There are many medical details around managing a long-term, serious, chronic illness including nuances that can only be learned over time. Even medical professionals don't always know the "right" thing to do when things start to change.
In addition to medical knowledge, there are also the financial, insurance, and legal details that go along with it all. The average eighteen-year-old, unless properly trained for years, will not be prepared to manage it all without substantial help. That's why starting a phased, methodical training program at a young age is crucial.
Some medical clinics have "transition plans" written out to help you know what types of medical knowledge and tasks should be taught at the different ages and stages of your child's development. Others clinics don't or are working on it but it takes time, even years, for medical institutions to start a new program. In the meantime, your child is getting older.
If your child is age eleven or older, start working on this on your own. If your clinic doesn't have a transition plan, check around at other medical centers. There are also good resources available for transition in general. Here’s a link to one of our favorites from The Institute for Child Health Policy at the University of Florida:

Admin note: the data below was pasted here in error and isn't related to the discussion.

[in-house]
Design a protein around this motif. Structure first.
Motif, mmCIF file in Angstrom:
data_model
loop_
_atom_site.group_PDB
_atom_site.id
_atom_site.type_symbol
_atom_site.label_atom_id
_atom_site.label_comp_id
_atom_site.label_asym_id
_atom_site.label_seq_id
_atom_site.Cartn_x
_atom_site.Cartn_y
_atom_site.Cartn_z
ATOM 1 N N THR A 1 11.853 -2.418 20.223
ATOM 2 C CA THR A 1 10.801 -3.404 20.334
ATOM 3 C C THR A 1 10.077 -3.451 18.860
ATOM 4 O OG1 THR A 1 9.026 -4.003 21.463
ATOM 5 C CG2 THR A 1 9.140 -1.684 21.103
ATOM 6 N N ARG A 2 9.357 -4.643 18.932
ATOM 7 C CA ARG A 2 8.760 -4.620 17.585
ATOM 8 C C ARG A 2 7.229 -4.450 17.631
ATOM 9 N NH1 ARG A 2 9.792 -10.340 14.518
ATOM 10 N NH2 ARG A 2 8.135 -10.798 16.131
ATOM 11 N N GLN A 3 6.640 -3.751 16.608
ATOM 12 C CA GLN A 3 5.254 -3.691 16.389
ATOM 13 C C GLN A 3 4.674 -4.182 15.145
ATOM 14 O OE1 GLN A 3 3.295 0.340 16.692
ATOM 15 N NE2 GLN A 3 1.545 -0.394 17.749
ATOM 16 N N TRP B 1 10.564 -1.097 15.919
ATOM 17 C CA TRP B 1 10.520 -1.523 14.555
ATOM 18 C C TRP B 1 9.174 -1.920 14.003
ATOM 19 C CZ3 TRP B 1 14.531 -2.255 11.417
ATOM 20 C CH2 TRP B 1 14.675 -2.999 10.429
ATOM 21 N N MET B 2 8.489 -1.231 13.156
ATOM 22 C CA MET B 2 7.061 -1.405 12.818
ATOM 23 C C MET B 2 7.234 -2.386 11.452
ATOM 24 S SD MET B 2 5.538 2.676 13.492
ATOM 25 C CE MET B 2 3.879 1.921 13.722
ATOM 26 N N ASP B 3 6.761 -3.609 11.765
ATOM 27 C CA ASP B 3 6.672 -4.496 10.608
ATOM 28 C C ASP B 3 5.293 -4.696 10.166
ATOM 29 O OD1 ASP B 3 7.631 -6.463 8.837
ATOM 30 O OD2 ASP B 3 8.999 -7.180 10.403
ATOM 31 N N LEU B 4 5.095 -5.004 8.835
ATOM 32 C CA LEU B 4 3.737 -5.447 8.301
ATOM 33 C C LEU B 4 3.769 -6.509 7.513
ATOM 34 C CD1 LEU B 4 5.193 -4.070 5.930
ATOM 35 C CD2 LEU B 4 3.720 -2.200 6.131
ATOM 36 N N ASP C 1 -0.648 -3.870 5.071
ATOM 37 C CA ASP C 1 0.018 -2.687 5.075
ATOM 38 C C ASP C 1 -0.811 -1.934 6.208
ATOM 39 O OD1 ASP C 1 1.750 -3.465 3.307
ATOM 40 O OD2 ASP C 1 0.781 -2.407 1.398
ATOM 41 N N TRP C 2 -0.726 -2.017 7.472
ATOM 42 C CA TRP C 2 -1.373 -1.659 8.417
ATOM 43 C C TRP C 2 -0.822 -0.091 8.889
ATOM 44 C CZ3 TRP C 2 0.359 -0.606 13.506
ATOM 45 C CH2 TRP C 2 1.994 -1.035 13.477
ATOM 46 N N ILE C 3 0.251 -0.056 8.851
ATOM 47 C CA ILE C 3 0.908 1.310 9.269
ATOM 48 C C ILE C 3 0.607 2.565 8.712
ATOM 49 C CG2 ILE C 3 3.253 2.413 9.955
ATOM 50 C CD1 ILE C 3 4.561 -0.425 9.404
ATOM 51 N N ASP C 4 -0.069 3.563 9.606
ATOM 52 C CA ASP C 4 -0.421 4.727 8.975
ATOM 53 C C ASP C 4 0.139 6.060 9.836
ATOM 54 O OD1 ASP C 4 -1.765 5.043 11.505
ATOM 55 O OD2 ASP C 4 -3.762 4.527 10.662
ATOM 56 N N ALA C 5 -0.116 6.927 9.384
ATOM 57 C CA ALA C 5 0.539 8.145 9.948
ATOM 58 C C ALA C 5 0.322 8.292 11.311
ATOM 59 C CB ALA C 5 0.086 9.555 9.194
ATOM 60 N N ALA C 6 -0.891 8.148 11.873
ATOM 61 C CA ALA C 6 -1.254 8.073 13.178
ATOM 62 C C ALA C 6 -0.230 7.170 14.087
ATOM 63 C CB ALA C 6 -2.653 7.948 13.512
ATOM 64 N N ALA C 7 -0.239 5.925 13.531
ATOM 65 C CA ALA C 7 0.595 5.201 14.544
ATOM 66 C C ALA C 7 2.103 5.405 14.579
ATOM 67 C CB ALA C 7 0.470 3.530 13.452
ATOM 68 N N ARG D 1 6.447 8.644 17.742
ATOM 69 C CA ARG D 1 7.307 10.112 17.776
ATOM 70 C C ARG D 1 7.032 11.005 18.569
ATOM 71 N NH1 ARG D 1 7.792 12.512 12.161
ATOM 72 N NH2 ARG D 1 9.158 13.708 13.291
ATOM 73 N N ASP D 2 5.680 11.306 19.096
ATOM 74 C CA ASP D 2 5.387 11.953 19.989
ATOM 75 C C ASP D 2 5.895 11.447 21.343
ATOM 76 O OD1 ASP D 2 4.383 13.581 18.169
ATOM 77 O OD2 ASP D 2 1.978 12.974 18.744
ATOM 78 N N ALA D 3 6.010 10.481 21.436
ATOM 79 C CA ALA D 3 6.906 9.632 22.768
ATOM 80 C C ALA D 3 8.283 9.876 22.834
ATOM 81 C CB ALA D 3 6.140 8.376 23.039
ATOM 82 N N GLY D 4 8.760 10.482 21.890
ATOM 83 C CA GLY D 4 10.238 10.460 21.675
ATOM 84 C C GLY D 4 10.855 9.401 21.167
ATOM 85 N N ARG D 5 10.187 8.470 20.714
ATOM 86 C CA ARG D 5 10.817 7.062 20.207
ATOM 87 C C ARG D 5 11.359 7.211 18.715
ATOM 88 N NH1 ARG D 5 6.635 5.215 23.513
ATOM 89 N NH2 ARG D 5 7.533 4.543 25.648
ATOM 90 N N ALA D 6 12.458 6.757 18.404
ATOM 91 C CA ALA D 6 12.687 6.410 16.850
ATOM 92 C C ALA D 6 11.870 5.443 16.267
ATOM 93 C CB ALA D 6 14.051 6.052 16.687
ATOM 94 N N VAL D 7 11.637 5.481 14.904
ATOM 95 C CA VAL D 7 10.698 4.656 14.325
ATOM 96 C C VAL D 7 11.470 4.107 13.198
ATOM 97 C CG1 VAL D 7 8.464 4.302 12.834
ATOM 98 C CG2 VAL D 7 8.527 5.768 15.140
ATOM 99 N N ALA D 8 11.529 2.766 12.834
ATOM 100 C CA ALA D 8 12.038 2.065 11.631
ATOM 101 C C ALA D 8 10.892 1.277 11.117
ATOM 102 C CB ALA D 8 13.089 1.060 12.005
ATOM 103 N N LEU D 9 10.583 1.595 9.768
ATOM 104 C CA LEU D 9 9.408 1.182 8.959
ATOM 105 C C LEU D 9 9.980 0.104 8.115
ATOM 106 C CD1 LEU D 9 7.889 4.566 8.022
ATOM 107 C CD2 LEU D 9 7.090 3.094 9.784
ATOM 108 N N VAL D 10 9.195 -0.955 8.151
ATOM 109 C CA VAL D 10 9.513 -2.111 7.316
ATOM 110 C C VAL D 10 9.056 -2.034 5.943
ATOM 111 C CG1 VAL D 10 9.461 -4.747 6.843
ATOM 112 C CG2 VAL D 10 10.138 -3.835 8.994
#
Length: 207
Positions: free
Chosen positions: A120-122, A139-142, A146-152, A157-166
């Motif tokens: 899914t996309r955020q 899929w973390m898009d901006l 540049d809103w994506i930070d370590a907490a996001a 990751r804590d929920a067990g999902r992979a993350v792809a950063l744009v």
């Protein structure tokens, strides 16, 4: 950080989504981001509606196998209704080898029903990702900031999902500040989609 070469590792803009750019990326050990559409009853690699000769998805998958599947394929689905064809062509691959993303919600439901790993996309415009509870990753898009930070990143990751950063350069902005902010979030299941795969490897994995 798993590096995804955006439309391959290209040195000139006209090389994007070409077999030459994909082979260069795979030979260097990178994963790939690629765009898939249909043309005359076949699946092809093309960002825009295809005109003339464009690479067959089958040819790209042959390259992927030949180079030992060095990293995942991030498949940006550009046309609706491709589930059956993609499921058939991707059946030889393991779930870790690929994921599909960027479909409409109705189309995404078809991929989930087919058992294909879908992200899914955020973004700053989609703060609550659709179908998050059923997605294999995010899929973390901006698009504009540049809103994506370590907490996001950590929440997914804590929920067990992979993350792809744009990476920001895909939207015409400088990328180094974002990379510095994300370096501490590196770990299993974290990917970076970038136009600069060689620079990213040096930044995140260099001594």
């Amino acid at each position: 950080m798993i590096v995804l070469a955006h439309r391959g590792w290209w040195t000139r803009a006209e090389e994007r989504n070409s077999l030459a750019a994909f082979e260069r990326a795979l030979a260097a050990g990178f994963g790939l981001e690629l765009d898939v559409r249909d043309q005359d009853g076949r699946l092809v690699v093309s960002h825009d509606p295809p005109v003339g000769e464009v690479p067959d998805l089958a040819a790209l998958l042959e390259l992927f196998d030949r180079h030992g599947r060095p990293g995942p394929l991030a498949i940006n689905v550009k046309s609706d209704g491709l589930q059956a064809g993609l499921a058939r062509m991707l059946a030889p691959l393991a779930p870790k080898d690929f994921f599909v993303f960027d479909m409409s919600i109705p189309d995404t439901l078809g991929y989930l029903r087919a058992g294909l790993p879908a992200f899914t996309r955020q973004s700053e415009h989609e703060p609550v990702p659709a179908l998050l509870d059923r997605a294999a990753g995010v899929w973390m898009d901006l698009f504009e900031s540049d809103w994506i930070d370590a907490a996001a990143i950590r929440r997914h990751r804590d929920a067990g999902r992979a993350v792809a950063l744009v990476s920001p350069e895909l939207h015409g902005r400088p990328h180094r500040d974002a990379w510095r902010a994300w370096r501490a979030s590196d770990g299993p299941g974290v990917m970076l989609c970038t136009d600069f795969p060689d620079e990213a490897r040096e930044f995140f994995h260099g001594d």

With some planning and parenting education, parents can massively increase the odds that their child will be ready to move up and out into the adult world. Not only is this good for the child, but it's also good for parents and medical professionals.
Everyone wins when a hopeful, optimistic, young adult goes out into the world with confidence and says: "I can do it! I recognize this world because we practiced for it at home!"
Many of these concepts are from the award-winning book “Parenting Children with Health Issues" by Foster W. Cline M.D, child psychiatrist and co-founder of Love and Logic, and Lisa C. Greene, mom of two kids with cystic fibrosis and parent educator. Visit www.ParentingChildrenWithHealthIssues.com.
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